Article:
When the novel coronavirus first began disrupting the U.S. economy, the argument for energy companies like Marathon Oil (NYSE:MRO) was an easy one: just sell, baby! With the Covid-19 pandemic again rearing its ugly head, the story is still the same. Don’t get cute with MRO stock and avoid it like the plague.
In a bull market, the risk-reward profile for the crude oil industry is much more palatable. Even if the sector encounters a wave of volatility, demand should eventually pick back up. Before the paradigm-shattering event of the coronavirus, unemployment stood at multi-year lows. Additionally, Wall Street was enjoying record-busting valuations.
At the time, I was optimistic that big oil firms like Exxon Mobil (NYSE:XOM) and Chevron (NYSE:CVX) could turn investor sentiment positively. I know I would have been bullish on MRO stock if I were covering it during the period before everything changed. Now, the fundamental argument for oil is risky and flawed.
Primarily, in order for me to feel comfortable with Marathon or any industry player, I’ve got to see the demand picture improve. Essentially, this means a return to full-capacity automotive traffic. However, when I analyze TomTom.com’s traffic index, I notice that major U.S. cities still lag their year-ago traffic levels by a wide margin.
To be fair, traffic has been growing significantly since the March and April lows. Further, positive economic data, particularly the May jobs report, boosted sentiment in MRO stock.
Still, I was skeptical about Marathon and its ability to thrive under a pressured environment. Frankly, I’m glad I was because shares turned volatile. And now, with the coronavirus reminding us of its presence, Marathon seems like a lost cause.
The High-Risk, High-Reward Argument for MRO Stock
If you’re someone who prefers as much predictability in their portfolio as possible, you’re going to want to sit out MRO stock. Basically, that goes for all other oil-based companies. There’s nothing here that won’t cause some stomach-churning trades.
But if you live for the trade or can handle a long-term investment with wild gyrations, MRO stock could be a surprisingly profitable platform. It all comes down to the math.
As you might suspect, Marathon Oil’s equity valuation features a strong direct relationship with retail demand for gasoline. From 1992 to May 2020, the correlation coefficient between the Marathon stock price and the monthly average sales of U.S.-based gas stations is 90.5%. Put another way, as gasoline revenue goes up, so too does MRO.
Interestingly, though, the correlation coefficient incurred a substantial disruption in 2015. From 1992 through 2014, correlation strength between the aforementioned metrics was 95.8%. But from 2015 onward, the coefficient dropped sharply to 47%.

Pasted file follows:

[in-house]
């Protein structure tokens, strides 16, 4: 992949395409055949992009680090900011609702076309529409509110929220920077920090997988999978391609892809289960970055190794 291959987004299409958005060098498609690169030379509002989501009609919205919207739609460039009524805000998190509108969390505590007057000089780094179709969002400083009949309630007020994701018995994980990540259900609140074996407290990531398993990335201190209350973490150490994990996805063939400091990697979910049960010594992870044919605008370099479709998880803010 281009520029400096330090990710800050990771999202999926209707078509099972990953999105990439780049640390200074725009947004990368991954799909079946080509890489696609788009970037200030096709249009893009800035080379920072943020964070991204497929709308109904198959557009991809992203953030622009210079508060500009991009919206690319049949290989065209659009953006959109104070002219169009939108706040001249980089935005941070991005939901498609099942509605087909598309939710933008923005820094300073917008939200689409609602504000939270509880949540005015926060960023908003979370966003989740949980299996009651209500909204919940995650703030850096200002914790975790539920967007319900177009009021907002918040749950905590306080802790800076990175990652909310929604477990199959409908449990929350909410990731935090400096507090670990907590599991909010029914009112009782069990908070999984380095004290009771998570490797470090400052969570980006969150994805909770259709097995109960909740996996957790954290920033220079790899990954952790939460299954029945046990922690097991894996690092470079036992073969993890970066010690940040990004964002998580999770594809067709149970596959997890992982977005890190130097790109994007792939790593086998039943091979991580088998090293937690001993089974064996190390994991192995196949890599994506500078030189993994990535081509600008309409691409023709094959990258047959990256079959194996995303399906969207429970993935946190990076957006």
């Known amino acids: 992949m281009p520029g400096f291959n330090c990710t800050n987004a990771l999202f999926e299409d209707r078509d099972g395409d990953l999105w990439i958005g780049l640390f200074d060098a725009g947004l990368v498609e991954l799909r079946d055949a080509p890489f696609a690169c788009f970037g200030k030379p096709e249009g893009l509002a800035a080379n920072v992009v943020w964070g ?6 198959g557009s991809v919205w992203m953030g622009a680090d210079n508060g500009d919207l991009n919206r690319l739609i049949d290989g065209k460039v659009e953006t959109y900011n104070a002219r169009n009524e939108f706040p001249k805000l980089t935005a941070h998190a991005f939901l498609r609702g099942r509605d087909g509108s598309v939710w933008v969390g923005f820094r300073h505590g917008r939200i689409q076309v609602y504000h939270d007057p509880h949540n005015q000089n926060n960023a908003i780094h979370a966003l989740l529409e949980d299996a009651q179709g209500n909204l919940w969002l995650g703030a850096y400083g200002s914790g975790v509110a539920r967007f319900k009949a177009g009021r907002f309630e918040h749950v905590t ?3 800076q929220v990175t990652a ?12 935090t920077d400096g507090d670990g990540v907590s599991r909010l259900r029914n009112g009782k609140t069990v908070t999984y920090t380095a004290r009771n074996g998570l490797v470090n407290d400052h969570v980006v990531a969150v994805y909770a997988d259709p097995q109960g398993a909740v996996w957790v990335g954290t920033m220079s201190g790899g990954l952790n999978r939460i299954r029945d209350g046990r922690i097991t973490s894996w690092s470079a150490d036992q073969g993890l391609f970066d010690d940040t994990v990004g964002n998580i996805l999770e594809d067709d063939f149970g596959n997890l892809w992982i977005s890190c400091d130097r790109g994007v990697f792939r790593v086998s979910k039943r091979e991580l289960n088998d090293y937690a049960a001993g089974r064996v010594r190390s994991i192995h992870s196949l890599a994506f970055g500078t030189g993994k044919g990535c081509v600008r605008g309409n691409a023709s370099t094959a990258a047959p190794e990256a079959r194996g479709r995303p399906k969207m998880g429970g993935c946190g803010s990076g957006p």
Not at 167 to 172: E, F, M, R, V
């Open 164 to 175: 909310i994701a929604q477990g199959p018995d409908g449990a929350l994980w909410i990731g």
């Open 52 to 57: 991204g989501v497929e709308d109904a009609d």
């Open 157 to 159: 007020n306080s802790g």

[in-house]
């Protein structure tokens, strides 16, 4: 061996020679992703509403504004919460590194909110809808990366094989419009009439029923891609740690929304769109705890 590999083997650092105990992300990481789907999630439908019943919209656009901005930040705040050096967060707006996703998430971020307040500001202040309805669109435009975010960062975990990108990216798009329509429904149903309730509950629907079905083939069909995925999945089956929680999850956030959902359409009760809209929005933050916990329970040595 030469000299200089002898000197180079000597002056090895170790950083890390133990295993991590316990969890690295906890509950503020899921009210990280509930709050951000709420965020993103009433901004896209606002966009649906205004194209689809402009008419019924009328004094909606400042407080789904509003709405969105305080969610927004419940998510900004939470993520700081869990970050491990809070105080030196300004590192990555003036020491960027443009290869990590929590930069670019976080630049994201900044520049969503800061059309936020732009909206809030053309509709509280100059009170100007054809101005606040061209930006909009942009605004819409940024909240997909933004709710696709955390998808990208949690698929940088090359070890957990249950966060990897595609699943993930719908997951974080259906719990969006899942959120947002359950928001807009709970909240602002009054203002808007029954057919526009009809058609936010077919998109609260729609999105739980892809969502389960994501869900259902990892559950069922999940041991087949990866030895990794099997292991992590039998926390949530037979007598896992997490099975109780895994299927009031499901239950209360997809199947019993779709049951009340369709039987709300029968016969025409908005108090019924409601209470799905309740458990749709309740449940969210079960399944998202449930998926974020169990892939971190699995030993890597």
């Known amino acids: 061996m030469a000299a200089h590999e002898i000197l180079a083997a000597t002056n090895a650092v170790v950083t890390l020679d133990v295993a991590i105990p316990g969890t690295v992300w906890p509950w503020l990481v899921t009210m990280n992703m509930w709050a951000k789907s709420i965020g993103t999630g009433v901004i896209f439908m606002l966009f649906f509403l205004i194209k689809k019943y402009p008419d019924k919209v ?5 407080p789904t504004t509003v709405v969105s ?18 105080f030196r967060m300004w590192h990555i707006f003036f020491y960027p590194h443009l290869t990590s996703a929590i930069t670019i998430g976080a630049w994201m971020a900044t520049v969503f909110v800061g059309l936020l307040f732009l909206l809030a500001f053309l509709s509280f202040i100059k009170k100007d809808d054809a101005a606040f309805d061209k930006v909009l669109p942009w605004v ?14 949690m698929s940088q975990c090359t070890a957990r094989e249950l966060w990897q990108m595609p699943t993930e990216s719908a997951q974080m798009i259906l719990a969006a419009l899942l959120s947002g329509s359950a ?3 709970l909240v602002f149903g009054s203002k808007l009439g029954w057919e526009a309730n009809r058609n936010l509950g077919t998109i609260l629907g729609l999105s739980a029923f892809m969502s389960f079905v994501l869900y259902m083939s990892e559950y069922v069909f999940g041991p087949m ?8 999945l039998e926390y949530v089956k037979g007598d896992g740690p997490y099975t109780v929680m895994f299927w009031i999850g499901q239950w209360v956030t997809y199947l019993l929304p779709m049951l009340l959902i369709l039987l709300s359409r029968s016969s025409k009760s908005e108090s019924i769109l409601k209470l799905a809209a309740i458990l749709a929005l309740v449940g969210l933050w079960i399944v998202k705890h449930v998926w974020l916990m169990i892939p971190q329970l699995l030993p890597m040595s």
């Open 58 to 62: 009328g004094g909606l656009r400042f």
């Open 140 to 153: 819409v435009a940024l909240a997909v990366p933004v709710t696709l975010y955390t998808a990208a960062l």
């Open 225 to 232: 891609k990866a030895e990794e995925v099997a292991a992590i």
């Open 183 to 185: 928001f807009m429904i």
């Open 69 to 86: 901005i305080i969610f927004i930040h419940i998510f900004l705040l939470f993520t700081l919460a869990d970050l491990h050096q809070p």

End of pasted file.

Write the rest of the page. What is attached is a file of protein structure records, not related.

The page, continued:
In my opinion, a 47% coefficient represents a “decent” relationship – a relationship exists but it’s not very convincing. As you can tell from my chart, MRO stock suffered a severe downfall starting from 2015, a descent much more brutal than what retail gasoline stations suffered.
Also intriguing is that MRO has charted a pattern similar to a head-and-shoulders formation. But monthly average gas station sales have instead charted a rising flag pattern. If I apply traditional technical analysis to this dynamic, gasoline sales are apparently signaling a “buy.”
Of course, that’s up to interpretation. However, what is a statistical fact is that MRO suffered much more sharply than its underlying industry. Theoretically, then, Marathon should revert back to its original relationship with gasoline retail sales, creating an opportunity gap you could exploit.
Some Additional Context
Before you jump aboard MRO stock on the basis that the math is good, let me share a warning. Yes, the math is good, but it’s only so for the framework that I have arbitrarily defined. If reality contradicts, so to speak, my framework, it doesn’t matter how good the math is, you’re going to take a loss.
In other words, you can exploit the opportunity gap I mentioned only if demand for oil-based products increase significantly. However, if the coronavirus has other plans, guess what? Marathon stock could again tumble back into the doldrums.
At the same time, from this new angle, shares are tempting from a dumb speculation perspective. For one thing, at the time of writing price below $6, we haven’t consistently seen these levels since the 1990s. And you’ve just got to wonder how low MRO can go. It’s not as if oil is completely useless.
So, I’m going to watch this name very carefully. Obviously, I’m most worried about the coronavirus and how it could destroy consumer sentiment. But if we can somehow avoid serious repercussions from this resurgence, perhaps MRO stock could win out. Just be extremely careful because Marathon is a low-confidence idea.
A former senior business analyst for Sony Electronics, Josh Enomoto has helped broker major contracts with Fortune Global 500 companies. Over the past several years, he has delivered unique, critical insights for the investment markets, as well as various other industries including legal, construction management, and healthcare. As of this writing, he did not hold a position in any of the aforementioned securities.